Divorce and Taxes – What to look out for
As Albert Einstein said: “The hardest thing in the world to understand is the income tax”. In Divorce cases the main concern is the treatment of tax issues and potential future tax liabilities. In G v G (Financial Provision: Equal Division)  2 FLR 1143, High Court Judge Coleridge expressed the view that if business assets are transferred between spouses under a Court order (by consent or contested) the recipient gives no consideration as such, since no one has a “right” to financial remedies. Since this decision HMRC ceased to tax transfers and modified their position (but see also the decision in Hill v Haines  EWCA Civ 1284). But what are the implications for divorce and taxes?
Is tax still the hardest thing to understand after the Covid pandemic and its pressure on the economy? The Chancellor has delivered his last budget through which he aims to set the course of the UK’s recovery from the COVID-19 pandemic. The Government has renewed, for what it hopes to be the last time, the various support packages offered to the economy in response to the pandemic and the Chancellor has set out his intention to fund that support through freezing various tax allowances, imposing tax rises in real terms, and increasing the rate of corporation tax to 25% from 1 April 2023. In the interim, the Chancellor hopes to fuel an investment boom by business with the introduction of a 130% “super-deduction” for capital investment, and a resurgence in the hospitality sector with reduced rates of VAT applying until 31 March 2022.
In particular in property developer divorce cases, in which it is difficult to establish the correct starting point for matrimonial resources and the right approach towards luxury property development application (see latest Court of Appeal decision in Ratcliffe v Ratcliffe  EWCA Civ 247 (01 March 2021), future tax implications can have a substantial impact on liquidity issues or risk treatment of assets.
According to the FT, landlords holding properties via company structures are unlikely to change their ownership arrangements despite the chancellor’s move to raise corporation tax. The tax change from 19% to 25 %, announced in the Budget and due to take effect in 2023, will hit rental profits made by limited company landlords with larger portfolios of properties or those generating particularly big profits. Businesses with annual profits of less than £50000 will see the tax rate held at 19% , with the rate rising until it reaches 25% for those with profits of more than £250000 .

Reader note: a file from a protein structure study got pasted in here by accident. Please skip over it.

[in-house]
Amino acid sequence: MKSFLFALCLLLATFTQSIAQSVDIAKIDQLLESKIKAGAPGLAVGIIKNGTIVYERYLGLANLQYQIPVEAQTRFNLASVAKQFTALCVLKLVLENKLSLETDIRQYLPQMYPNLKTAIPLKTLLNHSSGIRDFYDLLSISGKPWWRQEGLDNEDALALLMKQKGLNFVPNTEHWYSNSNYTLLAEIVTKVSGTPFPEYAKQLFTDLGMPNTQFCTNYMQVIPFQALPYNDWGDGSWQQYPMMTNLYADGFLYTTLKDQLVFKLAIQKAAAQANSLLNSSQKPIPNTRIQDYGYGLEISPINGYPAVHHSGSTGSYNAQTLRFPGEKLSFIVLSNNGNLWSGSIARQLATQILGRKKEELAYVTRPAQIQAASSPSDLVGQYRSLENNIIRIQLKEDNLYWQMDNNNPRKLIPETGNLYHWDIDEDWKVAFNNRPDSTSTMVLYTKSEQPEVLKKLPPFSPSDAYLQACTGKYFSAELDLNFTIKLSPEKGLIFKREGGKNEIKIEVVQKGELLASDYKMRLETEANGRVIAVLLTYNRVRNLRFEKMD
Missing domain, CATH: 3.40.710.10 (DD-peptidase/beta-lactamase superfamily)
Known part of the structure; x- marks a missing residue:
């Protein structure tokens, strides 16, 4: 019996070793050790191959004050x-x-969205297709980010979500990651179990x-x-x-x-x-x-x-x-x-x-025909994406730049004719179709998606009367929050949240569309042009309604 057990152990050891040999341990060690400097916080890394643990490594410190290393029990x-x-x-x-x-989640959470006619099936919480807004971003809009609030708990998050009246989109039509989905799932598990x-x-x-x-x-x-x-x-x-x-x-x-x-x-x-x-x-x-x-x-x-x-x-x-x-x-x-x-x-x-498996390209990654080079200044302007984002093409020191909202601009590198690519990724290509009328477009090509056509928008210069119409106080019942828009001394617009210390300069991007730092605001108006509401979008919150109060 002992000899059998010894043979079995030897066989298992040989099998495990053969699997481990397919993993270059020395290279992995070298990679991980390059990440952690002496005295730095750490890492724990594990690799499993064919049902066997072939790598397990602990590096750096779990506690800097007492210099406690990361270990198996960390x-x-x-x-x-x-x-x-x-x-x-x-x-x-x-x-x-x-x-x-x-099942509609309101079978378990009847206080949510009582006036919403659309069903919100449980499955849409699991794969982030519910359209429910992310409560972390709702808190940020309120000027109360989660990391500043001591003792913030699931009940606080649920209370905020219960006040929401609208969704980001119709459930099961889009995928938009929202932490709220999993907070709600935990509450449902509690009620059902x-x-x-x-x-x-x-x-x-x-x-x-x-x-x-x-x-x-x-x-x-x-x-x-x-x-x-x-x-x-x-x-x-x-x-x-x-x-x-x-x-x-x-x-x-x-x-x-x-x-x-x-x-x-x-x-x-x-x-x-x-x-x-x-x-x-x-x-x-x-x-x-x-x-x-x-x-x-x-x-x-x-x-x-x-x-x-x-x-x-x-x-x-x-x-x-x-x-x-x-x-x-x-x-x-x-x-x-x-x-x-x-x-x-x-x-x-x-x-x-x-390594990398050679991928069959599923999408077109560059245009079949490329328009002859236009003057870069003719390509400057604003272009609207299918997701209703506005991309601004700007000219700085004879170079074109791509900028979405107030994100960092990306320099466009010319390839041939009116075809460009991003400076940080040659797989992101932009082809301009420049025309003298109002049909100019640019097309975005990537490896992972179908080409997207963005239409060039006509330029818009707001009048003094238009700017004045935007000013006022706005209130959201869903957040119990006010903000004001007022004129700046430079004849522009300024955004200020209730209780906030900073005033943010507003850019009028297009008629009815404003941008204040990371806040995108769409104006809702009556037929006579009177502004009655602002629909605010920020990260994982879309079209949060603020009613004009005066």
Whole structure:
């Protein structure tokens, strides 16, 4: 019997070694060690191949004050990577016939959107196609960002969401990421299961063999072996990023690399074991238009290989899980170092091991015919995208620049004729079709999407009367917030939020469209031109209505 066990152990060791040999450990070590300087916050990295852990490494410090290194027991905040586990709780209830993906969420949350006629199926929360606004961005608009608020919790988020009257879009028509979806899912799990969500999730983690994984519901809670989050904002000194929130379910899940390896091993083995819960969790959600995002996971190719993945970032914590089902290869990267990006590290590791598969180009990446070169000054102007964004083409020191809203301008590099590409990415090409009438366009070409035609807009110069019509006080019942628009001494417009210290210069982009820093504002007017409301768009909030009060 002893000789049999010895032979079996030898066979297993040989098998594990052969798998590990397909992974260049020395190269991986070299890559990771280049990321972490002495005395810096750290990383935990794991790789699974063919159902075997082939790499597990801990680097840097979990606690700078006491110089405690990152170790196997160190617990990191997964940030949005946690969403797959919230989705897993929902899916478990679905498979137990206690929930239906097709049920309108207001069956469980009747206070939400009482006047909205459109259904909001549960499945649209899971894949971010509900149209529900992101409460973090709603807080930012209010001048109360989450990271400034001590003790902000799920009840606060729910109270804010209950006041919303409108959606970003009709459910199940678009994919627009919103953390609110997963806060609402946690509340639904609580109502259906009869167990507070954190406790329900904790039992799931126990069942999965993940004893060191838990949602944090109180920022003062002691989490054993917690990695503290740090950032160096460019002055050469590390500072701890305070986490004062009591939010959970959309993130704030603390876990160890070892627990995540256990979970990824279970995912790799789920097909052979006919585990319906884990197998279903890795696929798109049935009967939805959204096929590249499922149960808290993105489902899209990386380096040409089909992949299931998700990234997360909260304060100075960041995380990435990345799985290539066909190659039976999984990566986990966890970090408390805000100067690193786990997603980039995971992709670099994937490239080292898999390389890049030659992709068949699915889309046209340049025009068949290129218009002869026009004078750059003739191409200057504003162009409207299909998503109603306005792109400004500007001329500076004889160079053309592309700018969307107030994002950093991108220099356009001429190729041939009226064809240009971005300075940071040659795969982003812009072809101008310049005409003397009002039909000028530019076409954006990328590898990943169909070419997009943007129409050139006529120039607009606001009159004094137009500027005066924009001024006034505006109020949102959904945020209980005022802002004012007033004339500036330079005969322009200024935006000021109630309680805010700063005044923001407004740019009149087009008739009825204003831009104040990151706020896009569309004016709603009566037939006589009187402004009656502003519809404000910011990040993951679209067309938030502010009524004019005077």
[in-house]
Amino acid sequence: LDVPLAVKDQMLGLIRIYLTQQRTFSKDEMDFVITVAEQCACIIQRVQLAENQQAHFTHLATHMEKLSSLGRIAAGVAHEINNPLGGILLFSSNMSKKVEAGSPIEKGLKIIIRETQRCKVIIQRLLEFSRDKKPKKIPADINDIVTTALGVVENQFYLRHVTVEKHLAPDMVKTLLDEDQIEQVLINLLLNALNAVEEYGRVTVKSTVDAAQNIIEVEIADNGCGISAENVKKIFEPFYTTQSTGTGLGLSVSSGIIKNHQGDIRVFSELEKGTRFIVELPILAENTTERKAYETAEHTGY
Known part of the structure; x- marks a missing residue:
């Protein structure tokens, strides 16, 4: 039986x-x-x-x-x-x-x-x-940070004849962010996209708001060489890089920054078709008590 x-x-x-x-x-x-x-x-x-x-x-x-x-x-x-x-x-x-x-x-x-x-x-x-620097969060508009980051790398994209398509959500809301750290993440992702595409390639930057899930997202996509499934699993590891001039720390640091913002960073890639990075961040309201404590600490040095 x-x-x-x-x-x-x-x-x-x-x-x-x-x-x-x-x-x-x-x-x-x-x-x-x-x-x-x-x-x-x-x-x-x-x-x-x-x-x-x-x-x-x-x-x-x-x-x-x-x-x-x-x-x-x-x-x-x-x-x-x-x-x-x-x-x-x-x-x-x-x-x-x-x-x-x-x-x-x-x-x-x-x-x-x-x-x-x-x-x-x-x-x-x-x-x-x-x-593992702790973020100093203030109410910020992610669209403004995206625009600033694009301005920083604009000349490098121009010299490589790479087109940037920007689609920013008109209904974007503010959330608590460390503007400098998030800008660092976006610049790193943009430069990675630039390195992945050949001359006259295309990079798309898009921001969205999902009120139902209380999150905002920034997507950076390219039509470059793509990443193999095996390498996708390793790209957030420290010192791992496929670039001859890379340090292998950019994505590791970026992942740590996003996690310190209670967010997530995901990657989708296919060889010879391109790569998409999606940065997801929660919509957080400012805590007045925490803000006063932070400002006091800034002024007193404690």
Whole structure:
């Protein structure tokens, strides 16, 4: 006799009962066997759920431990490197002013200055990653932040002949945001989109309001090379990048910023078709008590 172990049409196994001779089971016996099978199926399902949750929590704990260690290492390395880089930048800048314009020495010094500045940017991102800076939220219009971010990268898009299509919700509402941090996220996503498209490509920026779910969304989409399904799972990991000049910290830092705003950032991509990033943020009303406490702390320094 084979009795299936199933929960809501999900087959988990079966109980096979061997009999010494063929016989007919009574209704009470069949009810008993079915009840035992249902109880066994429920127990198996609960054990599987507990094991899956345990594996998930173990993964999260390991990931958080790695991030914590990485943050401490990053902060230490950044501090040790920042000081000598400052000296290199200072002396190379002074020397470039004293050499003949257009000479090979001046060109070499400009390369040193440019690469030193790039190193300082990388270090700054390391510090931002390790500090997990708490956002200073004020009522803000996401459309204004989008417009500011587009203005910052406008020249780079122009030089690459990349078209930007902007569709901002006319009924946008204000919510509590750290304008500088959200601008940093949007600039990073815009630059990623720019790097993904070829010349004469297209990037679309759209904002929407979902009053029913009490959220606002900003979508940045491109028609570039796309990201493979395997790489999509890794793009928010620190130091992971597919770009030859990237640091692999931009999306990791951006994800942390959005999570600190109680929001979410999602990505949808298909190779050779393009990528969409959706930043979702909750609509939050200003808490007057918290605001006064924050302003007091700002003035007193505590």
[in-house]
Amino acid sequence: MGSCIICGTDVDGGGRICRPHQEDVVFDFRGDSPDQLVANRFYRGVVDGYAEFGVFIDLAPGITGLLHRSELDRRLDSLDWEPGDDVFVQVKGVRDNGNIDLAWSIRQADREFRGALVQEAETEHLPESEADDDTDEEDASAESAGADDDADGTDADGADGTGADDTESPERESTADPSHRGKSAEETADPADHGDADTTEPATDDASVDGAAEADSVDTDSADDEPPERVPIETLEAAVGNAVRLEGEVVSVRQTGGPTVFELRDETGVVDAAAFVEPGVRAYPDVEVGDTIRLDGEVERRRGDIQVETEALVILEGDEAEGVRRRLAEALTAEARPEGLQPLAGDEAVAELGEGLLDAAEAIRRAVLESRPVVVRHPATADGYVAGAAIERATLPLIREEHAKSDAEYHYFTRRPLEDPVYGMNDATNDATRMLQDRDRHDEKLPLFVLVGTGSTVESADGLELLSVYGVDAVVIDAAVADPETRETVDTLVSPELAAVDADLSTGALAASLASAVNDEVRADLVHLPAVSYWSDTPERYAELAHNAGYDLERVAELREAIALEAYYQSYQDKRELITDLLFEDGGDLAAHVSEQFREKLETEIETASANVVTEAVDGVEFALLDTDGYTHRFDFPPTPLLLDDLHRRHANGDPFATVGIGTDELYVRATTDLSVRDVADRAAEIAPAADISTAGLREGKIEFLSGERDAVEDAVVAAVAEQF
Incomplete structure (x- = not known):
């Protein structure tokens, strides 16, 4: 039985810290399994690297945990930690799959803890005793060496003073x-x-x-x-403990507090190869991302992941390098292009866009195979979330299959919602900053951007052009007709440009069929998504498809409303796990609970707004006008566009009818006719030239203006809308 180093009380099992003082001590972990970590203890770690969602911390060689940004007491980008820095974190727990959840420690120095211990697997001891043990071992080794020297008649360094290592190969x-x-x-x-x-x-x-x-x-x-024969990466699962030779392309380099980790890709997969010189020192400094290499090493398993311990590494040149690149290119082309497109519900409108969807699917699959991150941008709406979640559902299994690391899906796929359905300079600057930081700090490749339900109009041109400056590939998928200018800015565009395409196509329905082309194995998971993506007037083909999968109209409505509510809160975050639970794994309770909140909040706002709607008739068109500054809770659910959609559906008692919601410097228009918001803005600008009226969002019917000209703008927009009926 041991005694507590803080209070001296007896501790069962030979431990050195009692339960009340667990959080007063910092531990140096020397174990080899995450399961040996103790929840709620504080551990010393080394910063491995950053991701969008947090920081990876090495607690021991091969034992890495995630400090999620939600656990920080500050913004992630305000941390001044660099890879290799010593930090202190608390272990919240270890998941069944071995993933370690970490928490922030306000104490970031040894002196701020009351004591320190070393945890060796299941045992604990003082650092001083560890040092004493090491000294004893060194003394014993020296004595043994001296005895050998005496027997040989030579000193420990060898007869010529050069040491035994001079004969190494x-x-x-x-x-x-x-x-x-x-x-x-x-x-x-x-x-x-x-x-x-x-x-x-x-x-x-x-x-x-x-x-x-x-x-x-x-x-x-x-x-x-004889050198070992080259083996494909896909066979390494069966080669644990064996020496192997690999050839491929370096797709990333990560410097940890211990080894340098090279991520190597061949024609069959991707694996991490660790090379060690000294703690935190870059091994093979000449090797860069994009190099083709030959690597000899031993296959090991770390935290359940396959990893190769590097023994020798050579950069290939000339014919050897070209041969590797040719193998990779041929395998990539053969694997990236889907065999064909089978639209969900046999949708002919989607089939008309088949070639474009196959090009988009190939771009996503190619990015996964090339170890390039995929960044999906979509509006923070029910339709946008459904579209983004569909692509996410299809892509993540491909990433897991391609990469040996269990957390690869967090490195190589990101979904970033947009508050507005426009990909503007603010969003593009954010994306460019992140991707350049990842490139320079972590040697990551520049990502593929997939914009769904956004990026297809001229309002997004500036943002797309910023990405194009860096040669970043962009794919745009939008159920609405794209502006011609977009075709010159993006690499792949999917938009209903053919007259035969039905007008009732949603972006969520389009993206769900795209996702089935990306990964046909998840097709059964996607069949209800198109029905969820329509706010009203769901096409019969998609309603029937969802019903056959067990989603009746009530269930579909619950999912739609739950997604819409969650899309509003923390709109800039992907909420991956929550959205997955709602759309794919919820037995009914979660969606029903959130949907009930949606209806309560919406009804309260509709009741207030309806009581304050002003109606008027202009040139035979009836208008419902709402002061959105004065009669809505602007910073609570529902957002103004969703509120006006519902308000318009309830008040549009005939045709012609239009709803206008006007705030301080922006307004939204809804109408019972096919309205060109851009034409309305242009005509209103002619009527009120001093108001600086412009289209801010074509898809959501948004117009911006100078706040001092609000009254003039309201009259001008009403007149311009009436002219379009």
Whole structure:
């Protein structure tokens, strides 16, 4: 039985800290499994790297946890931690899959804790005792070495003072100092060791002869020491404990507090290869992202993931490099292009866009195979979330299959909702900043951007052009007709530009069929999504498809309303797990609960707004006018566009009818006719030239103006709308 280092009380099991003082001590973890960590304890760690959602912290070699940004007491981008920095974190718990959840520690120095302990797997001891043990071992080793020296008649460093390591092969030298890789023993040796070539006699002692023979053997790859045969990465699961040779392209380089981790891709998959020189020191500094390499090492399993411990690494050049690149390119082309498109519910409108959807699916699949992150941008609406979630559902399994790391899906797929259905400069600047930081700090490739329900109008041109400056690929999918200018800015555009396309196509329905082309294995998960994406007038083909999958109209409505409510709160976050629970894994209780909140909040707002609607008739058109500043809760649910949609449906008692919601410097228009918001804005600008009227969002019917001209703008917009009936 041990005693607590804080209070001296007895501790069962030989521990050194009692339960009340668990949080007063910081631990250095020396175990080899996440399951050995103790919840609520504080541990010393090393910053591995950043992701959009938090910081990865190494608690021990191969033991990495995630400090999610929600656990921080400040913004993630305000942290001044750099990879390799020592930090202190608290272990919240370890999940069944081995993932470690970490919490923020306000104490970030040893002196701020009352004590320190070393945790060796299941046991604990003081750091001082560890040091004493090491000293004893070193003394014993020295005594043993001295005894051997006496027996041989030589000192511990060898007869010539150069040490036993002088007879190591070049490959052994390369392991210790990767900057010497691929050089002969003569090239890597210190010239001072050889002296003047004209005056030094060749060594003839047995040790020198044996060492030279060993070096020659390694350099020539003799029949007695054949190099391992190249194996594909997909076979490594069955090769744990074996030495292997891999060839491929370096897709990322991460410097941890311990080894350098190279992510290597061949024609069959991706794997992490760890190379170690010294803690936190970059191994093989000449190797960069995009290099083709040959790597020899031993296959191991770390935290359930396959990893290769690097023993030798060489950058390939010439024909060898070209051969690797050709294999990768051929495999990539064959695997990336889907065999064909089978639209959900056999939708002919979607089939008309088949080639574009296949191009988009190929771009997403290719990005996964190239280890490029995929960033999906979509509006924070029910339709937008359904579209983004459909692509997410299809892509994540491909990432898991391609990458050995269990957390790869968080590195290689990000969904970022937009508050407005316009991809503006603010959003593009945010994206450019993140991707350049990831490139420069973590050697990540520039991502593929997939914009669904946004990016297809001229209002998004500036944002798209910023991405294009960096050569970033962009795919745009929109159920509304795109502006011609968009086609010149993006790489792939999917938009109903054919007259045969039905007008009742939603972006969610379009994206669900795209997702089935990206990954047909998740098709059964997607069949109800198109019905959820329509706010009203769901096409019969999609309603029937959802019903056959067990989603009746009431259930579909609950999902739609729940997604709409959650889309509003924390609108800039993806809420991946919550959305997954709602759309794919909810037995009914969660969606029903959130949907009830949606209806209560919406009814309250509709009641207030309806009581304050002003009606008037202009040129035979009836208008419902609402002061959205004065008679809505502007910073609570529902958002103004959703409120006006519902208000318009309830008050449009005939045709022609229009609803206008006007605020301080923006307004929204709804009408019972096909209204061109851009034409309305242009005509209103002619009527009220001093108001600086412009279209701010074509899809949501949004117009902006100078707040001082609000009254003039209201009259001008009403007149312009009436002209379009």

5 Point Summary
Here is a brief summary (from a family law perspective) of a number of changes to Corporation Tax / Small profits rate and taper relief / enhanced reliefs for capital investments etc. which might impact current or future financial remedy cases or private FDRs and Arbitration matters in 2021:
- Corporation tax increase: the corporation tax rate will increase to 25% from 1 April 2023; the rate of DPT will be increased to 31% in unison.
- Small profits rate and taper relief: a small profits rate will be re-introduced alongside taper relief. Companies with profits of less than £50000 will continue to be subject to corporation tax at a rate of 19% from 1 April 2023. Companies with profits between £50000 and £250000 will be subject to a rate between 19% and 25% under the similarly reintroduced taper relief mechanism.
- Potential £4m three-year loss carry back: losses of up to £4m incurred during the pandemic will be available for carry back for a three-year period, providing immediate relief to businesses profitable in the years prior to the pandemic. The relief will be available to individuals, partnerships, and companies, applying a £2m. cap for each of 2020 to 2021 and 2021 to 2022 tax years.
- Enhanced reliefs for capital investment: a temporary “super deduction” regime will be available for expenditure qualifying for capital allowances incurred from 1 April 2021 to 31 March 2023. Expenditure qualifying for allowances at the main rate of 18% will be eligible for a deduction of 130%, effectively providing a subsidy of 5.7% that equalises relief now versus relief under the 25% rate of corporation tax in 2023. Assets qualifying for relief at the special rate of 6% will be eligible for a 50% first-year write-down. The Annual Investment Allowance will continue to be £1m until 31 December 2021.
- SDLT cut to be extended: the increase in the Stamp Duty Land Tax nil rate band threshold to £500000 has been extended for a further three months until 30 June. To ease the transition back to normal rates of SDLT, the nil rate band will be lowered to £250000 from 1 July until 30 September, before returning to £125000 from 1 October.
This is blog should not be treated as tax advice and in some complex cases it might be beneficial to instruct a joint tax expert to establish the treatment of future tax liabilities (see BG v BA (Deceased)  EWHC 3947 (Fam) or Cooper-Hohn v Hohn  EWHC 4122 (Fam)).
Please also see our Blog on CGT and the timing of any property or other transfers within the tax year of separation for further information on the tax implications of divorce.
Paradigm Family Law have a team of experienced lawyers to help guide you through the process of divorce, just waiting to hear from you.
If you would like more details on this or want to discuss your family law matter, please do not hesitate to contact James, Frank, Evelyn or Paul. Paradigm Family Law offers a free initial consultation and our fixed fee solutions cover financial proceedings from start to finish. You can call us on 01904 217225 or email us to email@example.com.